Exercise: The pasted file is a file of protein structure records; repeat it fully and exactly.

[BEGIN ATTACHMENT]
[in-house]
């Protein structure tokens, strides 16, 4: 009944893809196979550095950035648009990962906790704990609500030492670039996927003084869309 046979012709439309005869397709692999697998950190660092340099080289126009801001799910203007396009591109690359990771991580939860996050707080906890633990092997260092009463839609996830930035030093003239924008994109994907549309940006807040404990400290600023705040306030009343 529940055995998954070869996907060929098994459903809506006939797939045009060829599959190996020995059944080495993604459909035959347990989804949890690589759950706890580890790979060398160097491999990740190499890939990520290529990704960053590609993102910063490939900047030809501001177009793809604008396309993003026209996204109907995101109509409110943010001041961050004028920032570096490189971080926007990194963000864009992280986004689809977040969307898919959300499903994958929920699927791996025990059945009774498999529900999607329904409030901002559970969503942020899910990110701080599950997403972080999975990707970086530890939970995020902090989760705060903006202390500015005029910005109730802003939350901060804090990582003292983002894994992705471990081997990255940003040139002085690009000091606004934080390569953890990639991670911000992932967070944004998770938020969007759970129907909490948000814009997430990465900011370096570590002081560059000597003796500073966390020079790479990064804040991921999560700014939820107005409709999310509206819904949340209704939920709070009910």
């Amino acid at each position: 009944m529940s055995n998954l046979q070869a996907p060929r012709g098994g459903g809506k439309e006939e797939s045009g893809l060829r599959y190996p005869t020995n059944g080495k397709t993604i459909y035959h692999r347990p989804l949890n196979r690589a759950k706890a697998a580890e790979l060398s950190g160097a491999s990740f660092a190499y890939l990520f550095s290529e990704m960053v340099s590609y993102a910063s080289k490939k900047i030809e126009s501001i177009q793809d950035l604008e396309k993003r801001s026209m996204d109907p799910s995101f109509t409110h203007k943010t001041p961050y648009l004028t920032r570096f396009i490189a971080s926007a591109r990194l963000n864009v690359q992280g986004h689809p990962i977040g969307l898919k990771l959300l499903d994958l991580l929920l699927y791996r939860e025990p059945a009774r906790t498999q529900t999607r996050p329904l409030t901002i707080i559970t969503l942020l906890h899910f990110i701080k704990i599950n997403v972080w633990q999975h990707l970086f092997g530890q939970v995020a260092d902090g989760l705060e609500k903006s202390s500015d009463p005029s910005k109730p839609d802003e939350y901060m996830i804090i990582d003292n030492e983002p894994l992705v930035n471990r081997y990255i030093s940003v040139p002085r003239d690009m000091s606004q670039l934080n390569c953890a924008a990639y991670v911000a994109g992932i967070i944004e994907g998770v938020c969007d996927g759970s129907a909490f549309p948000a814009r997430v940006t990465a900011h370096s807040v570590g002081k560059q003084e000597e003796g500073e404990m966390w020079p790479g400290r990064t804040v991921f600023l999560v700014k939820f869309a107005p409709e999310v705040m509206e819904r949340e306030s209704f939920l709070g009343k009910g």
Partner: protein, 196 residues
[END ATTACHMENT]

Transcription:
[in-house]
């Protein structure tokens, strides 16, 4: 009944893809196979550095950035648009990962906790704990609500030492670039996927003084869309 046979012709439309005869397709692999697998950190660092340099080289126009801001799910203007396009591109690359990771991580939860996050707080906890633990092997260092009463839609996830930035030093003239924008994109994907549309940006807040404990400290600023705040306030009343 529940055995998954070869996907060929098994459903809506006939797939045009060829599959190996020995059944080495993604459909035959347990989804949890690589759950706890580890790979060398160097491999990740190499890939990520290529990704960053590609993102910063490939900047030809501001177009793809604008396309993003026209996204109907995101109509409110943010001041961050004028920032570096490189971080926007990194963000864009992280986004689809977040969307898919959300499903994958929920699927791996025990059945009774498999529900999607329904409030901002559970969503942020899910990110701080599950997403972080999975990707970086530890939970995020902090989760705060903006202390500015005029910005109730802003939350901060804090990582003292983002894994992705471990081997990255940003040139002085690009000091606004934080390569953890990639991670911000992932967070944004998770938020969007759970129907909490948000814009997430990465900011370096570590002081560059000597003796500073966390020079790479990064804040991921999560700014939820107005409709999310509206819904949340209704939920709070009910």
């Amino acid at each position: 009944m529940s055995n998954l046979q070869a996907p060929r012709g098994g459903g809506k439309e006939e797939s045009g893809l060829r599959y190996p005869t020995n059944g080495k397709t993604i459909y035959h692999r347990p989804l949890n196979r690589a759950k706890a697998a580890e790979l060398s950190g160097a491999s990740f660092a190499y890939l990520f550095s290529e990704m960053v340099s590609y993102a910063s080289k490939k900047i030809e126009s501001i177009q793809d950035l604008e396309k993003r801001s026209m996204d109907p799910s995101f109509t409110h203007k943010t001041p961050y648009l004028t920032r570096f396009i490189a971080s926007a591109r990194l963000n864009v690359q992280g986004h689809p990962i977040g969307l898919k990771l959300l499903d994958l991580l929920l699927y791996r939860e025990p059945a009774r906790t498999q529900t999607r996050p329904l409030t901002i707080i559970t969503l942020l906890h899910f990110i701080k704990i599950n997403v972080w633990q999975h990707l970086f092997g530890q939970v995020a260092d902090g989760l705060e609500k903006s202390s500015d009463p005029s910005k109730p839609d802003e939350y901060m996830i804090i990582d003292n030492e983002p894994l992705v930035n471990r081997y990255i030093s940003v040139p002085r003239d690009m000091s606004q670039l934080n390569c953890a924008a990639y991670v911000a994109g992932i967070i944004e994907g998770v938020c969007d996927g759970s129907a909490f549309p948000a814009r997430v940006t990465a900011h370096s807040v570590g002081k560059q003084e000597e003796g500073e404990m966390w020079p790479g400290r990064t804040v991921f600023l999560v700014k939820f869309a107005p409709e999310v705040m509206e819904r949340e306030s209704f939920l709070g009343k009910g």
Partner: protein, 196 residues